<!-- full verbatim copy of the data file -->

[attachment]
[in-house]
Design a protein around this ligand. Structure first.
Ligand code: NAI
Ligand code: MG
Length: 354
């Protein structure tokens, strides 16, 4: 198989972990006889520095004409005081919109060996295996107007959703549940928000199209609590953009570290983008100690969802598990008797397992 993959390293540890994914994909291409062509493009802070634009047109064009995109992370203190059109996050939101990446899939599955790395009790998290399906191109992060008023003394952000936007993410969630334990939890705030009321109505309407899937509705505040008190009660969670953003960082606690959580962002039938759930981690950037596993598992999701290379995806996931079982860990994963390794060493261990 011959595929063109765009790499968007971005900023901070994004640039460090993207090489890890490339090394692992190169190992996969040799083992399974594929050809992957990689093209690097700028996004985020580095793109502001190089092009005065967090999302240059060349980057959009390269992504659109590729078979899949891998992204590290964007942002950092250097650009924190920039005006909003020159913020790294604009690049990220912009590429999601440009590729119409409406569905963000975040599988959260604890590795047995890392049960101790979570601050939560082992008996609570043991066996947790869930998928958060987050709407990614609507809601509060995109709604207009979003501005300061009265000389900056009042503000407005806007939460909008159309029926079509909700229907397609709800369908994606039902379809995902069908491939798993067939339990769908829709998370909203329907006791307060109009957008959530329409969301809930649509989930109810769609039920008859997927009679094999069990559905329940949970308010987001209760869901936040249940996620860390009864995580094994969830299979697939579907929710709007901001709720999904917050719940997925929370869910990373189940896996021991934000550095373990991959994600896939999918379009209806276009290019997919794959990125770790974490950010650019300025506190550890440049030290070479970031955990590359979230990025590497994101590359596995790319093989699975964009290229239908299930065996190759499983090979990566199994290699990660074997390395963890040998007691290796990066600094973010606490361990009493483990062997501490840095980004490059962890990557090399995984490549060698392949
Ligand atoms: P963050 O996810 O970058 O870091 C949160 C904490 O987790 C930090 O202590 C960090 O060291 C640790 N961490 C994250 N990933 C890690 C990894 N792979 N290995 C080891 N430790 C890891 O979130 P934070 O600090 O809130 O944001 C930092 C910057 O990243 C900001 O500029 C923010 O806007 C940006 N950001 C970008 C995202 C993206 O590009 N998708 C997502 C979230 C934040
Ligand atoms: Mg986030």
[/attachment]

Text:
[in-house]
Design a protein around this ligand. Structure first.
Ligand code: NAI
Ligand code: MG
Length: 354
């Protein structure tokens, strides 16, 4: 198989972990006889520095004409005081919109060996295996107007959703549940928000199209609590953009570290983008100690969802598990008797397992 993959390293540890994914994909291409062509493009802070634009047109064009995109992370203190059109996050939101990446899939599955790395009790998290399906191109992060008023003394952000936007993410969630334990939890705030009321109505309407899937509705505040008190009660969670953003960082606690959580962002039938759930981690950037596993598992999701290379995806996931079982860990994963390794060493261990 011959595929063109765009790499968007971005900023901070994004640039460090993207090489890890490339090394692992190169190992996969040799083992399974594929050809992957990689093209690097700028996004985020580095793109502001190089092009005065967090999302240059060349980057959009390269992504659109590729078979899949891998992204590290964007942002950092250097650009924190920039005006909003020159913020790294604009690049990220912009590429999601440009590729119409409406569905963000975040599988959260604890590795047995890392049960101790979570601050939560082992008996609570043991066996947790869930998928958060987050709407990614609507809601509060995109709604207009979003501005300061009265000389900056009042503000407005806007939460909008159309029926079509909700229907397609709800369908994606039902379809995902069908491939798993067939339990769908829709998370909203329907006791307060109009957008959530329409969301809930649509989930109810769609039920008859997927009679094999069990559905329940949970308010987001209760869901936040249940996620860390009864995580094994969830299979697939579907929710709007901001709720999904917050719940997925929370869910990373189940896996021991934000550095373990991959994600896939999918379009209806276009290019997919794959990125770790974490950010650019300025506190550890440049030290070479970031955990590359979230990025590497994101590359596995790319093989699975964009290229239908299930065996190759499983090979990566199994290699990660074997390395963890040998007691290796990066600094973010606490361990009493483990062997501490840095980004490059962890990557090399995984490549060698392949
Ligand atoms: P963050 O996810 O970058 O870091 C949160 C904490 O987790 C930090 O202590 C960090 O060291 C640790 N961490 C994250 N990933 C890690 C990894 N792979 N290995 C080891 N430790 C890891 O979130 P934070 O600090 O809130 O944001 C930092 C910057 O990243 C900001 O500029 C923010 O806007 C940006 N950001 C970008 C995202 C993206 O590009 N998708 C997502 C979230 C934040
Ligand atoms: Mg986030």